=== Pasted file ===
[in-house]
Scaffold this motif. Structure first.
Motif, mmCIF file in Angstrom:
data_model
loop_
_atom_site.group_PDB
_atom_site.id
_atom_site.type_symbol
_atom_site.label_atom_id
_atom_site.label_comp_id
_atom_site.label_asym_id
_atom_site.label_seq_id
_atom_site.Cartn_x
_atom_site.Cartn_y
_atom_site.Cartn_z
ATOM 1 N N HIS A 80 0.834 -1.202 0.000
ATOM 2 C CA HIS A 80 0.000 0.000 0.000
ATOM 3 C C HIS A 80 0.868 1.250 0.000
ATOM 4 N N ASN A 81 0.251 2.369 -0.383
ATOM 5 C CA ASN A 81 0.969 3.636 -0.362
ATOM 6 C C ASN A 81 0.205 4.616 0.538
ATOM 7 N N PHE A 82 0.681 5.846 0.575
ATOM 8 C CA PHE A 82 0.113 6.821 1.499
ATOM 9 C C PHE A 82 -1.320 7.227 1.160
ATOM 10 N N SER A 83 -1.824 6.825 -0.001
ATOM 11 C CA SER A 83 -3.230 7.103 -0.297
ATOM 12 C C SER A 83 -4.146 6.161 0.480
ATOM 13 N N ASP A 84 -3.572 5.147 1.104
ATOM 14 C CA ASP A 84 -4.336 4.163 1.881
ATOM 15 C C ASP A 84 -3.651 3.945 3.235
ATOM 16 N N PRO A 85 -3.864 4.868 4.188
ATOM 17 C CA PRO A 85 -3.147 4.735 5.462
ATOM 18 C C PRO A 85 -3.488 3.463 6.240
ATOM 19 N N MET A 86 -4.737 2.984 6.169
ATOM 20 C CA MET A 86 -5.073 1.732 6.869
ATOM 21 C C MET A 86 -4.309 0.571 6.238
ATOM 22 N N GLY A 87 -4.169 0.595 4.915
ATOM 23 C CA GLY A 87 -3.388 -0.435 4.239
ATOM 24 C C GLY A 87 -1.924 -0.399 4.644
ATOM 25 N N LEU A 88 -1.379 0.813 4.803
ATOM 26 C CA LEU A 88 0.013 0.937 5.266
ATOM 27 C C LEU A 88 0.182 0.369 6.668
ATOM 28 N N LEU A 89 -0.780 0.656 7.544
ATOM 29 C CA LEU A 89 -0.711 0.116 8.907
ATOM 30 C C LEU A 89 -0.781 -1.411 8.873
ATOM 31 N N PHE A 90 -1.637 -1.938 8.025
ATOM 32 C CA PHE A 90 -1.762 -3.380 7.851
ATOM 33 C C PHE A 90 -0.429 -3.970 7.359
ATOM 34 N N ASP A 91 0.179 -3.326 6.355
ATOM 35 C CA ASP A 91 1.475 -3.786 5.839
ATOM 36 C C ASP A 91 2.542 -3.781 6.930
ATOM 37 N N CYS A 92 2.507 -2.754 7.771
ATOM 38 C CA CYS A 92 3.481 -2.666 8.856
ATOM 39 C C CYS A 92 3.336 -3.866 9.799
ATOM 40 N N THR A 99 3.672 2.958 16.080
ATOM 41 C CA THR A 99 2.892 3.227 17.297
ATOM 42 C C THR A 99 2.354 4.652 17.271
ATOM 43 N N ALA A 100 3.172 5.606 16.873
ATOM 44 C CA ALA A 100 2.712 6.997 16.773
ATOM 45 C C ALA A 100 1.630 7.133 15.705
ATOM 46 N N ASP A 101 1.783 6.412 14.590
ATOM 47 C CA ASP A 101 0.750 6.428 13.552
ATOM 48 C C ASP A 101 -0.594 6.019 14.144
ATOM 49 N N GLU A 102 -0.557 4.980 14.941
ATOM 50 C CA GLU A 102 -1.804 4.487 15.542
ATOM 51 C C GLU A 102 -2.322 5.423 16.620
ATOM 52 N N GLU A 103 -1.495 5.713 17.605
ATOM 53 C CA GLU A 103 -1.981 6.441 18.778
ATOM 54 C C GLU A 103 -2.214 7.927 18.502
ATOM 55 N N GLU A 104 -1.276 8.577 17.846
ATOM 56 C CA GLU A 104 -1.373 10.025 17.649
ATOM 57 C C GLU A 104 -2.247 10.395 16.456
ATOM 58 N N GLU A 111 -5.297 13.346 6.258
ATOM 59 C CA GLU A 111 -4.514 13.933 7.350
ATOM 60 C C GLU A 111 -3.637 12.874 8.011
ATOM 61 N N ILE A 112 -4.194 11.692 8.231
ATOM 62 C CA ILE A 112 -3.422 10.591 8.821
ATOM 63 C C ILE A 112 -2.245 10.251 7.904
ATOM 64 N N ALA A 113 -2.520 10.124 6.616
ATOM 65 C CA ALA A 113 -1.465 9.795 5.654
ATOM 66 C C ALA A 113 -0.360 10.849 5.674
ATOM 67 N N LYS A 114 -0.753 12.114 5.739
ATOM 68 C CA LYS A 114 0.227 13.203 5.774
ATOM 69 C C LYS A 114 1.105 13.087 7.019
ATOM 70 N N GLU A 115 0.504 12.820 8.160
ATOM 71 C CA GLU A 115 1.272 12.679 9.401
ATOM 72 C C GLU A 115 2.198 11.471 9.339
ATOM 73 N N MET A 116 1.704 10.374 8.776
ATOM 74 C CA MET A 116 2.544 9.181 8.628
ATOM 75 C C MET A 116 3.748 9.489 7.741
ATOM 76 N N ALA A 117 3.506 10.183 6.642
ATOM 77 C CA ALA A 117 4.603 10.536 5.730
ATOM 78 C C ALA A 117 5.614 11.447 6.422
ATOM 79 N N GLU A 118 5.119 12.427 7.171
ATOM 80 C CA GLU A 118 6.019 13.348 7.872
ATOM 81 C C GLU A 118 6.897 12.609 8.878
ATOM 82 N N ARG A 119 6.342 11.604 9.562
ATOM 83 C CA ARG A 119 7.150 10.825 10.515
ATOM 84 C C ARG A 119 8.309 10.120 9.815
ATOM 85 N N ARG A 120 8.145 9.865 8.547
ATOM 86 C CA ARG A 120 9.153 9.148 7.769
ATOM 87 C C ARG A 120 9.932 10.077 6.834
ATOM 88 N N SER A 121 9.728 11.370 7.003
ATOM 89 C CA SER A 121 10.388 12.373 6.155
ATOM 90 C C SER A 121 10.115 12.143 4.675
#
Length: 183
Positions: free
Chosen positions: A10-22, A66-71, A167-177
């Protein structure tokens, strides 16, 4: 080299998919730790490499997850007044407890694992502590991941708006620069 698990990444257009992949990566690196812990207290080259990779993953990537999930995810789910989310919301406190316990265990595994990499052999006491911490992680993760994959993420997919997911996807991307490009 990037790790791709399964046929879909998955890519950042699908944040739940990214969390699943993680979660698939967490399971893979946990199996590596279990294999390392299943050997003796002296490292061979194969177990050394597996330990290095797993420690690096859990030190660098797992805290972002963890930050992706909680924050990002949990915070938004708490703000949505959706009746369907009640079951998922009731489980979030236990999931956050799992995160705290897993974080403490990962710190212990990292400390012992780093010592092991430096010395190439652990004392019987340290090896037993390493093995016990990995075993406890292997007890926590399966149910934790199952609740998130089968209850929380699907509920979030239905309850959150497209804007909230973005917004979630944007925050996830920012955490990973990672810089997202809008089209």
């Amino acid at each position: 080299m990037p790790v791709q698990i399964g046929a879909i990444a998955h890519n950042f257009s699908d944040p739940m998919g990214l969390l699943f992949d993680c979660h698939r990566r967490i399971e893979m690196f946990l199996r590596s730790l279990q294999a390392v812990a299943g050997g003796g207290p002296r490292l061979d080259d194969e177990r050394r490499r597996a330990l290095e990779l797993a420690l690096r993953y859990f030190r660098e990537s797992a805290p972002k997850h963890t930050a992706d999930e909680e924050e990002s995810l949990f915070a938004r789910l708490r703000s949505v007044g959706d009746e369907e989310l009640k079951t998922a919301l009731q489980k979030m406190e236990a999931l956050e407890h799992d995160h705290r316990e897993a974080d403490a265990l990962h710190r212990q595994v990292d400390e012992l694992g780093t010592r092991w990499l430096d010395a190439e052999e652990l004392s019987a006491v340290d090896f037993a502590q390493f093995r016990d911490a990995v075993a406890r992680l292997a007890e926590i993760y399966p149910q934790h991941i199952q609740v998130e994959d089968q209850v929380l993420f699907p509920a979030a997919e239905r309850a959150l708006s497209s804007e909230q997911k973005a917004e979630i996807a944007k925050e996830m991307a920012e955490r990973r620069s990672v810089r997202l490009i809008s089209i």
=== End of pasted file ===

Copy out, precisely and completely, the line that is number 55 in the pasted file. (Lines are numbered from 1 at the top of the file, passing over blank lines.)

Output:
ATOM 40 N N THR A 99 3.672 2.958 16.080